House adopts plan to boost renewables, ease offshore drilling ban

Posted on September 17, 2008. Filed under: Energy Policy, General |

From an article by Carl Hulse in The New York Times:

WASHINGTON — The House on Tuesday night approved a measure that would ease a longstanding ban on offshore oil drilling and try to spur greater use of alternative fuels as Democrats and Republicans engaged in a bitter pre-election clash over America’s energy future.

Under the Democratic legislation, adopted by a vote of 236 to 189, oil companies would lose some tax benefits, utilities would be required to produce 15 percent of their electricity from renewable sources by 2020 and a ban on developing fuel from Rocky Mountain shale would be lifted.

The legislation, which faces significant hurdles to becoming law before Congress breaks at the end of the month, would allow drilling as close as 50 miles from the coastline if adjacent states agree and 100 miles out no matter a state’s position. It would impose stricter oversight on the agency that handles oil leasing and royalty payments after recent disclosures of improper relationships between its employees and oil industry representatives. . . .

The outlook for the measure is uncertain with only two weeks before Congress is set to break until at least the November elections and perhaps until next year. The Senate is preparing to take up a similar bill, but even if it averts a filibuster, it seems unlikely that the bills could be reconciled before the break. And the White House on Tuesday threatened a veto of the House plan.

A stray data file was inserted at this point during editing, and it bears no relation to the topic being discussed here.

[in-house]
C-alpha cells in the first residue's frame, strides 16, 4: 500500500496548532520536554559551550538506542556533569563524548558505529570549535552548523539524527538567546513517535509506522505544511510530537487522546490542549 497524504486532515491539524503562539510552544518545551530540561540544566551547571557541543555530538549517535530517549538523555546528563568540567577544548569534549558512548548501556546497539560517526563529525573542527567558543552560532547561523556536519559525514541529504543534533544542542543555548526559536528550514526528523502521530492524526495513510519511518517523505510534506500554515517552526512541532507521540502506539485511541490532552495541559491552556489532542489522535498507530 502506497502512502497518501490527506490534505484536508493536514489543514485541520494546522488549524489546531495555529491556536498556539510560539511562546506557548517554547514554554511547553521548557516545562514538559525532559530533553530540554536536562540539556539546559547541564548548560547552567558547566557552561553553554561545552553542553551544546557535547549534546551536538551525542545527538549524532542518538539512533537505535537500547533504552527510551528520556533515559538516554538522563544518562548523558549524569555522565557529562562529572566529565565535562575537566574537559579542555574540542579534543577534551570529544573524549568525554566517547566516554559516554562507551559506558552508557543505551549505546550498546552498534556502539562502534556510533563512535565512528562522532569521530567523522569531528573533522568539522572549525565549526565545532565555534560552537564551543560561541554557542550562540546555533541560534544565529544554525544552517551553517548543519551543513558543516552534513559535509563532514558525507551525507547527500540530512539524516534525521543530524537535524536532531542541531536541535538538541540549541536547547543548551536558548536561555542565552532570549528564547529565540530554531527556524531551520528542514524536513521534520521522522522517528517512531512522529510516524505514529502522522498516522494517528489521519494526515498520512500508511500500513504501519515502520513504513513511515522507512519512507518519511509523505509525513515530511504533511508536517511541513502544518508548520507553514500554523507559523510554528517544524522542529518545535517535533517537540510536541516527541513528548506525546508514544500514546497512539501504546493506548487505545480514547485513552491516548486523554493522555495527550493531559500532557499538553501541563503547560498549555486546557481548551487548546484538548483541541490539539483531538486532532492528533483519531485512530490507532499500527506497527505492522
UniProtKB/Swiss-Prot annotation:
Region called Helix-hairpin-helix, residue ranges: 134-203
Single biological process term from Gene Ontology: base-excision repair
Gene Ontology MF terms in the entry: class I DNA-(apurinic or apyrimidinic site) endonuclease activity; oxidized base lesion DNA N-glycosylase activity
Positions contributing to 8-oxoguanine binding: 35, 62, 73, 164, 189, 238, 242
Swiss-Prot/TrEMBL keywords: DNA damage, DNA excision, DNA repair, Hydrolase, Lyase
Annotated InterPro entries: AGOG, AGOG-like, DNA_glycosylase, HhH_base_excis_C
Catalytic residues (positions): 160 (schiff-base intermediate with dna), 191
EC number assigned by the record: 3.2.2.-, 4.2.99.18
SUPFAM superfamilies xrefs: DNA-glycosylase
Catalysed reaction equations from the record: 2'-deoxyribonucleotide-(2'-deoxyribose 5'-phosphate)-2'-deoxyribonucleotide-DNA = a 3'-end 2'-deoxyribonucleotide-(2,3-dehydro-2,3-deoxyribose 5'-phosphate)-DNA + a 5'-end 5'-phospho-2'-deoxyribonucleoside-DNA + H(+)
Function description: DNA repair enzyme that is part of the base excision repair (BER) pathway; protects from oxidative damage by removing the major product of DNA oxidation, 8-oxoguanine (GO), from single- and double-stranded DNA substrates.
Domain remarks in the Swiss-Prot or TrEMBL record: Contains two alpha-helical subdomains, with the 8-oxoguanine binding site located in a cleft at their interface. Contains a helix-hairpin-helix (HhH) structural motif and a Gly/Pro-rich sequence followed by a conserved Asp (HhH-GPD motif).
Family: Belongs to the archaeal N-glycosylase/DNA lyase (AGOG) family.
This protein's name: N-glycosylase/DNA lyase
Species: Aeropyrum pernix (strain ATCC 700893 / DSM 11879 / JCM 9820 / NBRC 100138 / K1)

The Senate was to initially consider extending a series of $17 billion in tax breaks for renewable energy like wind and solar power and then try to sort through proposals that could include the House bill, a bipartisan Senate plan that would allow new drilling in the Gulf of Mexico off the Florida coast and a separate Republican plan.

Among other objections, House Republicans joined industry in criticizing the measure because it would eliminate about $18 billion in tax breaks for oil companies, including a manufacturing deduction of particular benefit to large firms. The savings from the oil companies would be diverted to pay for tax breaks and incentives for renewable fuels, vehicles that use alternative energy and other fuel efficiency programs and research. . . .

An article by Eoin O’Carroll in The Christian Science Monitor summarizes the bill.

These members of the House of Representatives issued media releases on the bill:

Rep. Ryan – “More hot air from Congress” says Ryan
Rep. Kind – Kind votes to advance comprehensive energy plan
Rep. Obey – Obey backs comprehensive energy bill


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